Buying a 1974 - 1977 911

How to buy today’s true bargain 911s—pick a good one and you’ll be shocked at how good it is.

by Jim Schrager

For some perverse reason, I find myself attracted to what others don't want. Perhaps I smell a bargain at hand. That may explain my love for some of the most misunderstood and underrated 911 models.

Unknown to many Porsche enthusiasts, there are some great bargains to be had in the used 911 market. No, I'm not thinking about newer models still worth many tens of thousands of dollars, even though these recent used cars may be great deals. And I'm ignoring the early 911s (1965-73) that have recently obtained nosebleed prices along with near "classic" status. I'm thinking of the cheapest 911 models around, cars you can buy with the lowest cash outlay possible. I'm not talking about a rusty hulk or a car with three wheels and bailing wire holding the front suspension together, I mean a running, driving 911, a complete car that can bring years of great fun. I present, for your consideration, the much maligned 1974-77 911s. As we look closely, you'll see there are some great cars in this group and some fantastic bargains as well. First a bit about what these cars aren't.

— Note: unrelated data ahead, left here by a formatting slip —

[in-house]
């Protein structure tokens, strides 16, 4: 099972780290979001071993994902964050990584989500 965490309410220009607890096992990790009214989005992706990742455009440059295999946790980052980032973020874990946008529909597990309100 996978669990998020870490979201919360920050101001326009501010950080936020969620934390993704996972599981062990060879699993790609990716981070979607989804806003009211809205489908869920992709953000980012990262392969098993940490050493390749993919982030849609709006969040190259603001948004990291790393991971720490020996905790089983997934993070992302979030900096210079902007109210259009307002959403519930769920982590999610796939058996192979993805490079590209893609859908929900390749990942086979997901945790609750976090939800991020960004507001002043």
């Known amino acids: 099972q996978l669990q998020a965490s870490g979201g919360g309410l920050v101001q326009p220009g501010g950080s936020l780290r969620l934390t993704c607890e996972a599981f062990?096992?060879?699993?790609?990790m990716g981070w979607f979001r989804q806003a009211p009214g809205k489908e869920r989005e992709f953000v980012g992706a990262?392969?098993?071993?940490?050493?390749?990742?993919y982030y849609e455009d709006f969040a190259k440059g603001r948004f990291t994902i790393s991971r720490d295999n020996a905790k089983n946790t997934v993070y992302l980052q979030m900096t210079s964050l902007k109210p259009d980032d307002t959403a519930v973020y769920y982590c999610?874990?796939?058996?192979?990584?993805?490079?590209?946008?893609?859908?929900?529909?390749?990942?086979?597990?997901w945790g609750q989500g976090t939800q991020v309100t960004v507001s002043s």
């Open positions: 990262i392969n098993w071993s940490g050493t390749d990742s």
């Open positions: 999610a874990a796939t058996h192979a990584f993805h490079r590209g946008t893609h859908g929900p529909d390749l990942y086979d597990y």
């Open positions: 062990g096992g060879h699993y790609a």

For the most part, they aren't collectible. They also aren't cars to restore, although you can always improve them bit-by-bit. They aren't cars that will grow dramatically in value anytime soon and won't tend to draw a crowd of Porsche folks to admire. But none of that makes them any less fun.

The 1975 911 Coupe—quick, light and performs as we expect a Porsche to perform. It retains much of the essential feel of the early cars.